The Honda Pilot is all-new for 2016. No longer square, the shape...
As good as the seats were, they didn't protect us from a sharp jab on some bumps, at both high and low speed. We don't know if it's the price Honda pays for a double-wishbone front suspension or not. We do know that the other 99 percent of the time, the suspension is beautifully firm. The AWD Crosstour handles with precision, if somewhat heavily.
The car moves up and down with bumps, ripples and undulations. The suspension doesn't swallow them, it hugs them. Especially the up bumps; you feel those first. There's no discomfort here, just an awareness of the road's undulations when you're in the saddle. Again, that's where good handling comes in.
The Crosstour handles like the Accord (which is livelier than the Toyota Camry and less edgy than the Nissan Altima), but it's heavier, taller, and less nimble. It corners with precision, thanks to its double-wishbone front and independent multi-link rear suspension, front and rear stabilizer bars, and front shock tower bar. The steering is old-school hydraulic-assist, unlike the current Accord, which has switched to electric. A Crosstour stops well, thanks to its ventilated front and solid rear disc brakes.
The 2.4-liter four-cylinder base engine makes 192 horsepower at a high-revving 7000 rpm, and 162 pound-feet of torque at 4400. That's a bit more horsepower and a bit less torque than the Nissan and Toyota four-cylinders. With a 5-speed automatic transmission, acceleration is fine.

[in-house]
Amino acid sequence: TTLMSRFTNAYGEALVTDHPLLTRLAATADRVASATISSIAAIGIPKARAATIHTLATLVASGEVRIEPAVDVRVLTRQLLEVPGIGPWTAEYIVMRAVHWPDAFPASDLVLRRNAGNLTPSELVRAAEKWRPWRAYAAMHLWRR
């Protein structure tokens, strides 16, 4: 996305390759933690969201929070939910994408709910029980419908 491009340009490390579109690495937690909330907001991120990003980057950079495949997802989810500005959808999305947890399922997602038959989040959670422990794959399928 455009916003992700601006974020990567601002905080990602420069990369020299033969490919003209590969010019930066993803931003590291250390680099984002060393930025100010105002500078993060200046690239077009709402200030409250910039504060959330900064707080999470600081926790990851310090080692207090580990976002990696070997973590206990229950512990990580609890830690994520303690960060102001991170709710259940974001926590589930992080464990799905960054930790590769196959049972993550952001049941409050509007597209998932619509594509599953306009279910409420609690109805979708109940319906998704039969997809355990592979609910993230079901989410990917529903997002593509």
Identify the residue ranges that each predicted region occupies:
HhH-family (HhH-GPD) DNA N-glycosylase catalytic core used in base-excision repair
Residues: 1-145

What we liked most about driving the V6 Crosstour was its power. It zooms seamlessly. Freeway on-ramps inspire confidence. When you put your foot in it, it does everything you need and want it to do. Honda calls the engine Earth Dreams.
The 3.5-liter, 24-valve SOHC i-VTEC engine makes 278 horsepower at 6200 rpm, and 252 pound-feet at 4900 rpm. Honda says torque is available over a much wider range with Earth Dreams. The V6 uses variable cylinder management to maximize efficiency, allowing the engine to run on three cylinders when that's all it needs to maintain a speed.
The V6 is somewhat thirsty around town. Honda rates the Crosstour AWD at 19 City/28 Highway mpg, but we got more like 12 in the city (hills but not jackrabbit starts) and 25.4 mpg on the highway at 72 mph. We averaged 22.4 mpg for 405 miles.
The Crosstour AWD uses Honda's fully automatic Real Time 4WD, which sends power to the rear wheels only when there is slippage at the front wheels. It improves control in rain, snow or on unpaved surfaces.
The 6-speed automatic transmission has a Sport mode and paddle shifters. We just don't feel like this is the kind of car where these features add much. Mechanically, they add a lot of capability; it's just that canyon carving isn't the Crosstour's thing.
You don't want to be in Sport mode by accident, which too easily happens because of its position on the lever. You'll feel the lack of upshifting right away, as if you forgot to release the emergency brake. It won't glide to a stop sign, remaining in a lower gear and over-slowing the car.